Although Hoboken FC managed to stay in top flight for most of the 1940s, the 1948-1949 season saw Hoboken FC finish with a record of 1-0-17 and get relegated to the second division. Hoboken FC did manage a quick comeback and, after finishing the 1949-1950 season with a record of 17-1-2, the club was promoted back to the first division.
Big Trips & State Championships
By all accounts, the 1960s were fun and exciting times for Hoboken FC. Although mass immigration stopped after the first few years of the decade, Hoboken FC had a healthy membership, which was looking to take the club places, both figuratively and literally. In 1960, Hoboken FC undertook a good will tour to Canada and to the surprise of many captured the German-Canadian Cup, a tournament of clubs with ethnic German backgrounds. In 1962, Hoboken FC celebrated its 50th anniversary with gala at Schuetzen Park and in the same year undertook its first tour of Germany playing in Karlsruhe and Wuerzberg and topping Wuerzberg 04 by a score of 4-2. The club would take additional team tours to Germany in 1964 and 1967. During the 1964 trip to Berlin, Hoboken FC tied a combined SV Spandau and BSV 92 team with a score of 1-1.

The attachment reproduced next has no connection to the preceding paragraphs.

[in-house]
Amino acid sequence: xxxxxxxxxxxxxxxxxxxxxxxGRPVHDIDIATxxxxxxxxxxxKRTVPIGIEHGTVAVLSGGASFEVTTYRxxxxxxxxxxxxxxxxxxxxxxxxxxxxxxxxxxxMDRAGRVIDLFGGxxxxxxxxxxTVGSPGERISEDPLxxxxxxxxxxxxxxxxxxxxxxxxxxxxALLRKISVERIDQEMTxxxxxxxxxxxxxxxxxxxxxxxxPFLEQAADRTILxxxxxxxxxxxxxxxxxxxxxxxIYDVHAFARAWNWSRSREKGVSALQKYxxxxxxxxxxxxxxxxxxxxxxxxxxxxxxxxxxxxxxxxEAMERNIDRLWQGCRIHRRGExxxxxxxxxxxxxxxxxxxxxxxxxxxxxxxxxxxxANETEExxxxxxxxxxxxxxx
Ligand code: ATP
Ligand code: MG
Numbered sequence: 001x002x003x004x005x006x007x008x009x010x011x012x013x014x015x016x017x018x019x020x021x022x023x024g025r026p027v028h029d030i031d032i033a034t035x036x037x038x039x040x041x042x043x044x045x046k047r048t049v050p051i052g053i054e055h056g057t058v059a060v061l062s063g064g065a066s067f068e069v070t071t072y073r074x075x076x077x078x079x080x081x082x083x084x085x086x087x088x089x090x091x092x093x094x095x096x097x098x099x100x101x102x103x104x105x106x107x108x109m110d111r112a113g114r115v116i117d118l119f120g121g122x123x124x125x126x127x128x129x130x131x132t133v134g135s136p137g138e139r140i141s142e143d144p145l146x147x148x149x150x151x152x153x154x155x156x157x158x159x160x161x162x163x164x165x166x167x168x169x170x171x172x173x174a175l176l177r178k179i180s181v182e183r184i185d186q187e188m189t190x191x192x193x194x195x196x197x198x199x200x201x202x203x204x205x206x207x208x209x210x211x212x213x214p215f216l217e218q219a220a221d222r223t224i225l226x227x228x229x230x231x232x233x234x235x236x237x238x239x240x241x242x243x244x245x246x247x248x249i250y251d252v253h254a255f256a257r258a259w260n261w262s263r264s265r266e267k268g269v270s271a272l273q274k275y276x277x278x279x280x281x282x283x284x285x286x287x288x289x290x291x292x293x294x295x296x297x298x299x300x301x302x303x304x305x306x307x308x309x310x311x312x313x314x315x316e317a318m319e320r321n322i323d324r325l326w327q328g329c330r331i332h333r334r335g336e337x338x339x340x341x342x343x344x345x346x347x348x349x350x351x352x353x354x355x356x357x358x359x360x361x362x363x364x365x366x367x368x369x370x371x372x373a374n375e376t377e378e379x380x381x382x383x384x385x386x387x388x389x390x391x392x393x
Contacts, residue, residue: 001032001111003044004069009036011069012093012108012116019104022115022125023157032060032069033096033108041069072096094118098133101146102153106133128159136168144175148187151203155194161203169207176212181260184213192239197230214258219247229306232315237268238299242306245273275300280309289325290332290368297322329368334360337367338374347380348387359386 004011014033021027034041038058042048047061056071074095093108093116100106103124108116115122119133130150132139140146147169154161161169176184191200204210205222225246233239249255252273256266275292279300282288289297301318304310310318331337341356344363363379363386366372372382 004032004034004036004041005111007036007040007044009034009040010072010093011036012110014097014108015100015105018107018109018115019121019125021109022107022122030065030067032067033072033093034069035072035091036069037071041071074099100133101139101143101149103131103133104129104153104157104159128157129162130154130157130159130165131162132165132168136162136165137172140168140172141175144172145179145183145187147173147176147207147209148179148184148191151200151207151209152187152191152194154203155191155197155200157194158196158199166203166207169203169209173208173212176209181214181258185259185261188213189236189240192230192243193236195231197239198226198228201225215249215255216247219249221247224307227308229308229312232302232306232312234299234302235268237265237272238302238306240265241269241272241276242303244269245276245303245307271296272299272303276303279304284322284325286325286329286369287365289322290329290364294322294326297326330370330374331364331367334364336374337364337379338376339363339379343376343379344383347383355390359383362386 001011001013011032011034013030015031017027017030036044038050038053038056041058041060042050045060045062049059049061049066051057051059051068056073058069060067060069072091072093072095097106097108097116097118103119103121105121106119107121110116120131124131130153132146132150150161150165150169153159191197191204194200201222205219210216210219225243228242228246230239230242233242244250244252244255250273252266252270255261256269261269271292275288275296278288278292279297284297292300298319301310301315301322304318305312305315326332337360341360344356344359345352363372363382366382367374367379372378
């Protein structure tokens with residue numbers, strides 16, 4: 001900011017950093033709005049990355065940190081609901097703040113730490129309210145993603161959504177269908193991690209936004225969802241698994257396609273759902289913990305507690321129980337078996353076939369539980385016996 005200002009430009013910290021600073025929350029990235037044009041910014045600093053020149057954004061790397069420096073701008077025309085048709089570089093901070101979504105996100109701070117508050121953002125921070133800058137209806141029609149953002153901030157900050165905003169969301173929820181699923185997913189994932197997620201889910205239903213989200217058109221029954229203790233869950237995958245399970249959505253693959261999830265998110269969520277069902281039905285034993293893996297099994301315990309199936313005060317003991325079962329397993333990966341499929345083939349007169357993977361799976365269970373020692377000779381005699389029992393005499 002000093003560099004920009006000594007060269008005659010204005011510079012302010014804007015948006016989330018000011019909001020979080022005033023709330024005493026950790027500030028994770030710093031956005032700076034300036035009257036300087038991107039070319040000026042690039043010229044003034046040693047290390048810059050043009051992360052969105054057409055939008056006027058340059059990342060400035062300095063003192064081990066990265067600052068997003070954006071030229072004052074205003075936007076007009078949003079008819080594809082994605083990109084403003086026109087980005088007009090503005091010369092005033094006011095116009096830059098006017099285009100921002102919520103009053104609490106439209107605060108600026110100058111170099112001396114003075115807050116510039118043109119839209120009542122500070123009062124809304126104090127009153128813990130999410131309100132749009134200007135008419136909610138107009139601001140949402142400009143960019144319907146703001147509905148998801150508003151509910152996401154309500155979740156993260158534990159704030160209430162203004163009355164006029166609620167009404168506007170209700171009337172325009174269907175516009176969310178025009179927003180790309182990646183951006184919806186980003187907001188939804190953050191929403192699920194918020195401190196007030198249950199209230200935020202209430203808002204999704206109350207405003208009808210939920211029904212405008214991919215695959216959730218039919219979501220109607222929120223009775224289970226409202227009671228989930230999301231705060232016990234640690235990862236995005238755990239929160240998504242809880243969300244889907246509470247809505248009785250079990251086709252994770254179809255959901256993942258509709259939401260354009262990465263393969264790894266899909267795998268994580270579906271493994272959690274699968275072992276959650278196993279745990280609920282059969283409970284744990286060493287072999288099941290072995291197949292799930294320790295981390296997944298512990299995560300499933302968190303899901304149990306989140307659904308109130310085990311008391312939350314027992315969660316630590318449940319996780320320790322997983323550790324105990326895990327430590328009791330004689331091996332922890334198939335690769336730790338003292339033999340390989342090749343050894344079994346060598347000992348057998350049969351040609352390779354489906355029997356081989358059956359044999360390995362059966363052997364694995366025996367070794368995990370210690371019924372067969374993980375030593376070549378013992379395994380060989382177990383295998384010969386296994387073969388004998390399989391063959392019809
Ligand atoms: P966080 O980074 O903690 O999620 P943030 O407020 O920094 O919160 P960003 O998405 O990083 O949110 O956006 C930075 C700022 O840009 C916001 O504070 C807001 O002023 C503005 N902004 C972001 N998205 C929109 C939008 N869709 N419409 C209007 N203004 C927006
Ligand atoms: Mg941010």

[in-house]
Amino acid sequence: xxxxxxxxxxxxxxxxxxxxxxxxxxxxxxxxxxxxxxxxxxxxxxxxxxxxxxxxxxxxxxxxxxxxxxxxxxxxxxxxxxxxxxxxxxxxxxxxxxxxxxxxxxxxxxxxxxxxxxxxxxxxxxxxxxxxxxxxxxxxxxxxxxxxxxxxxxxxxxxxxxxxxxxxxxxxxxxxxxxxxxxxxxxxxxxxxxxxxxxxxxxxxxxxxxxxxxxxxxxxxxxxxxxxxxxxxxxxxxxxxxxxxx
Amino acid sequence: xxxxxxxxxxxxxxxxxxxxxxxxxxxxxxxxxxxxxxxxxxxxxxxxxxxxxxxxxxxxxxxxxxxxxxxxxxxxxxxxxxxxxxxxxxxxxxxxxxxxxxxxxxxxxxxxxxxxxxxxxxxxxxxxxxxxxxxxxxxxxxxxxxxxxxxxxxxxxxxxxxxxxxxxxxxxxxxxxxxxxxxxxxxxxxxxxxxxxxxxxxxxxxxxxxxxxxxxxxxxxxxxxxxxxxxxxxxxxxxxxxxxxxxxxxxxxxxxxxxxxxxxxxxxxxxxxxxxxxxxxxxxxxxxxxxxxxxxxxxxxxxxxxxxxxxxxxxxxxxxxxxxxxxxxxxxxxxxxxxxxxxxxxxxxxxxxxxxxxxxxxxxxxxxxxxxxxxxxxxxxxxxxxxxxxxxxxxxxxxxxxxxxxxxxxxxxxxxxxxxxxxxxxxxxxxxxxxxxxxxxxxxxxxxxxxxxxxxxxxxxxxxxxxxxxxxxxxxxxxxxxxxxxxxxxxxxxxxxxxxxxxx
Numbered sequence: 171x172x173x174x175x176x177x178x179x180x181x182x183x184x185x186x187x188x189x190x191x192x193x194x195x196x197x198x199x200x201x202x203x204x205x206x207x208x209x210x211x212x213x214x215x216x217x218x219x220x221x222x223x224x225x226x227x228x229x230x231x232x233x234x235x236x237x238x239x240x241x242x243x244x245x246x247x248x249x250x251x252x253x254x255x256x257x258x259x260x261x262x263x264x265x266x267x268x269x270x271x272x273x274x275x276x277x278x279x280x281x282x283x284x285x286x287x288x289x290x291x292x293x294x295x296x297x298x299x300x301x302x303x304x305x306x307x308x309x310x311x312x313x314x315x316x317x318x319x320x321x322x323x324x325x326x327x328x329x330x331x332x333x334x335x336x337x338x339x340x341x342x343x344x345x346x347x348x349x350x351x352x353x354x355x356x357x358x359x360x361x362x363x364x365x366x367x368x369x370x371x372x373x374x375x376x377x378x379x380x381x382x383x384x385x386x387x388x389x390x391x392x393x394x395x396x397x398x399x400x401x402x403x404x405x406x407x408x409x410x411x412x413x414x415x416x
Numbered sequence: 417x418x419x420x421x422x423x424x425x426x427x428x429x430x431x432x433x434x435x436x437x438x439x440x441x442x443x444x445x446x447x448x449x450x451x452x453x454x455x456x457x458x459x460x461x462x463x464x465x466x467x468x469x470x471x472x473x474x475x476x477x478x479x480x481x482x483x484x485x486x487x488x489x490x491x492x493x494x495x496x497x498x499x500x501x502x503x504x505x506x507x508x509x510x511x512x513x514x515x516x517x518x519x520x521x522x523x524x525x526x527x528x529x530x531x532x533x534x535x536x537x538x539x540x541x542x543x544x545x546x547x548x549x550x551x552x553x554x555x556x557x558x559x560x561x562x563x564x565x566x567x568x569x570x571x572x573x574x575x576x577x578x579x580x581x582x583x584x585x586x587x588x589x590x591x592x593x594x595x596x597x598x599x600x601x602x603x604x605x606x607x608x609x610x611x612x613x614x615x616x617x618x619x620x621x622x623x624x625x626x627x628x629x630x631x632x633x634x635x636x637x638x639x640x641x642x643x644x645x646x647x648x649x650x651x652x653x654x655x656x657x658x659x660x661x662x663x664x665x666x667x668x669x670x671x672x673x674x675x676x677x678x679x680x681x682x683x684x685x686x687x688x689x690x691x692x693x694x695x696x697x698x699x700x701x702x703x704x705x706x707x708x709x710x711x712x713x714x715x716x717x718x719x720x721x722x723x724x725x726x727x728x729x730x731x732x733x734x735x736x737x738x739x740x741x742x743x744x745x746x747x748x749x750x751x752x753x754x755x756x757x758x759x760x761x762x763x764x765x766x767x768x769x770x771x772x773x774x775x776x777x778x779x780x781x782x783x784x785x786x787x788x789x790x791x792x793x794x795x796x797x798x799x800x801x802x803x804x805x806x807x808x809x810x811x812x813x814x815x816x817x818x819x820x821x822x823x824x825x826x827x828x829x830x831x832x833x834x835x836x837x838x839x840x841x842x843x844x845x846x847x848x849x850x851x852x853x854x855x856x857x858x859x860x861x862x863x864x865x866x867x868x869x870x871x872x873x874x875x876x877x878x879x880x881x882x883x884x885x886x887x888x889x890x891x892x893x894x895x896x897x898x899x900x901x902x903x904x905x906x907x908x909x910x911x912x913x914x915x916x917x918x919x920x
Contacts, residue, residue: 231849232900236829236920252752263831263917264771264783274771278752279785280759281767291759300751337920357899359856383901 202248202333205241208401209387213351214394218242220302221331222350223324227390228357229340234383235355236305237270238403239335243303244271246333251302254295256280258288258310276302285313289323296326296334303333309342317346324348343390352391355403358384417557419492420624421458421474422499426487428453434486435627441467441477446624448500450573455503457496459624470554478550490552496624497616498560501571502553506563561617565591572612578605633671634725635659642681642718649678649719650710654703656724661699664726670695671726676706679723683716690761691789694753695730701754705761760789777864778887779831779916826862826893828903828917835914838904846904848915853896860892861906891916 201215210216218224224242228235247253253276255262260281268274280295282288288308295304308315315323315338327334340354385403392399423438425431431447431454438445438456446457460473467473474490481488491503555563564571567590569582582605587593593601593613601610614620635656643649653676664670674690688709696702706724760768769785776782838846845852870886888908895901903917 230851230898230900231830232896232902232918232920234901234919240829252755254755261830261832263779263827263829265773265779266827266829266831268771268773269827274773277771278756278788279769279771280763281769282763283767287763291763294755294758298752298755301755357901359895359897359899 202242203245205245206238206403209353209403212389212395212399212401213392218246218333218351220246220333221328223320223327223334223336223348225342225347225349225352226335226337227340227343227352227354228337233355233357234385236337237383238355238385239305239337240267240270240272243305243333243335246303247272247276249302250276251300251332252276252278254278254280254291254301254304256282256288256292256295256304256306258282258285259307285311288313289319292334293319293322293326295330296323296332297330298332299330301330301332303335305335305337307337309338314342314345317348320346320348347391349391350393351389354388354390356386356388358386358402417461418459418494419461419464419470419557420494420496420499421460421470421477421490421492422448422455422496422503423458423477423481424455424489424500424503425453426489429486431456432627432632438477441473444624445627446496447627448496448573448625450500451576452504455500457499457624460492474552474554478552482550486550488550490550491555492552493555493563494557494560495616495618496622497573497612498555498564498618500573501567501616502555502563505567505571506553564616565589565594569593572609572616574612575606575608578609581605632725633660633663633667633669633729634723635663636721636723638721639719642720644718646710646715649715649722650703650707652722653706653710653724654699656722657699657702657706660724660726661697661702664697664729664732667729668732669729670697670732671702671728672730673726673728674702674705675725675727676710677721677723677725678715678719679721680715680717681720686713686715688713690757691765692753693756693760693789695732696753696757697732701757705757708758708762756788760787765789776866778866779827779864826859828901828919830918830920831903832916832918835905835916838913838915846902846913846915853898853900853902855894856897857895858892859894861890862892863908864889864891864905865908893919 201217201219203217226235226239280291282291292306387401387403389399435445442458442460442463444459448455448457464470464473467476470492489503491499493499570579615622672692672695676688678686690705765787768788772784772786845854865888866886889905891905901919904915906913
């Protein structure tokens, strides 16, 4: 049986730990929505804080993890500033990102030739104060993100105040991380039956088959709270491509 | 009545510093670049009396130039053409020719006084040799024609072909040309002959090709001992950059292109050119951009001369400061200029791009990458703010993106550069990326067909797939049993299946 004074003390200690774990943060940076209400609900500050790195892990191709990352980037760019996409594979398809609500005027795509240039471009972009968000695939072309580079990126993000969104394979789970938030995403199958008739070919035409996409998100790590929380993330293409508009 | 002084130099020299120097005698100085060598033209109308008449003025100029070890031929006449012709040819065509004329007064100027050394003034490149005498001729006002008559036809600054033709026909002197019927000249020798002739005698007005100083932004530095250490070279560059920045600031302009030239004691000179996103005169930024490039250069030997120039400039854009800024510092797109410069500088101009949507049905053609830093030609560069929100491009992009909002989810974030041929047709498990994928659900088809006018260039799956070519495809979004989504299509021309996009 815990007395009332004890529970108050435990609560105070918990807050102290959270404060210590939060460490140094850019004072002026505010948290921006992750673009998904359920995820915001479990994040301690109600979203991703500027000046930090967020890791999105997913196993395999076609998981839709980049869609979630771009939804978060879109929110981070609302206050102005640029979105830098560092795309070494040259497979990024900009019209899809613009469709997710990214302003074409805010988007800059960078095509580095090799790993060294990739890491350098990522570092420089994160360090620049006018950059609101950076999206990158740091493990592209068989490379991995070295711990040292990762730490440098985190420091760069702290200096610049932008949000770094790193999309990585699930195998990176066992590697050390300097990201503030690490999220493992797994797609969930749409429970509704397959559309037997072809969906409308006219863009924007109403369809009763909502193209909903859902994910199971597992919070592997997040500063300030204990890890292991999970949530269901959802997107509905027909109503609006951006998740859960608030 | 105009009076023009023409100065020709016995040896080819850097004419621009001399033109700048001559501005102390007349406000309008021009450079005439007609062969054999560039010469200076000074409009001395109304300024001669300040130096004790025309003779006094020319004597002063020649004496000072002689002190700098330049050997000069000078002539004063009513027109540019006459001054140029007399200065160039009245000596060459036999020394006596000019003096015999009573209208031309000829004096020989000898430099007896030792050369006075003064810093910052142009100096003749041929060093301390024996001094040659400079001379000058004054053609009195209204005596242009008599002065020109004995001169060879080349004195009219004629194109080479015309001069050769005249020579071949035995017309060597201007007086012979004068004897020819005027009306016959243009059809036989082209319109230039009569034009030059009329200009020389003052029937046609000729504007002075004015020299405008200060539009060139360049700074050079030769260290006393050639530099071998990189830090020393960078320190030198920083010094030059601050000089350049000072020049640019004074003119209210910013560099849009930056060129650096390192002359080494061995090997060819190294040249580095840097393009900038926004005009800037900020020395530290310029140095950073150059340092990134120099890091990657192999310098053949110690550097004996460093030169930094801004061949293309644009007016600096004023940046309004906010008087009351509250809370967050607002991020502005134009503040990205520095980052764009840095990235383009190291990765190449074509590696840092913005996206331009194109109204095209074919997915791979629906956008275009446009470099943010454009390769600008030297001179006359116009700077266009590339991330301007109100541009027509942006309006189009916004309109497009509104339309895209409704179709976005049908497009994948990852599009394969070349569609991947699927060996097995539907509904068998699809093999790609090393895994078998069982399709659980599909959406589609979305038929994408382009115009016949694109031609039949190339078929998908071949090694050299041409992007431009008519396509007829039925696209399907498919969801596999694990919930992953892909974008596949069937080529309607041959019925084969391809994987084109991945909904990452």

On the field back at home, in 1961, Hoboken FC won its third State Cup with a 3-1 win over the Newark (Union) Ukrainians. The club would again win the State Cup in 1964 by topping Haledon SC 3-2. Hoboken FC also reached the State Cup finals in 1967 before falling to league-rival SC Elizabeth in the championship match. In league play, Hoboken FC played mostly in the second division throughout the 1960s with only two seasons in top flight, but finished with nine winning seasons during the decade.
Hoboken FC in Changing Times
The 1960s were a transitional time. At the start of the decade, many of the club's members still lived in Hoboken or the surrounding area, but as the 1960s progressed, more and more of the membership would move to suburban areas. The City of Hoboken, itself, was also changing as the city became a less desirable place to live and many of the ethnic German bars and restaurants began to close. By the 1970s, the bars of Hoboken were no longer the focal point of the social life of Hoboken FC, being replaced by suburban garden parties. Thus, when in 1975, the club was informed by the management of Schuetzen Park of its intention to sell the soccer field to a real estate developer, the natural response was to find a field in suburban Bergen County and, starting with the 1975-1976 season, the club began to play its home matches at Overpeck County Park.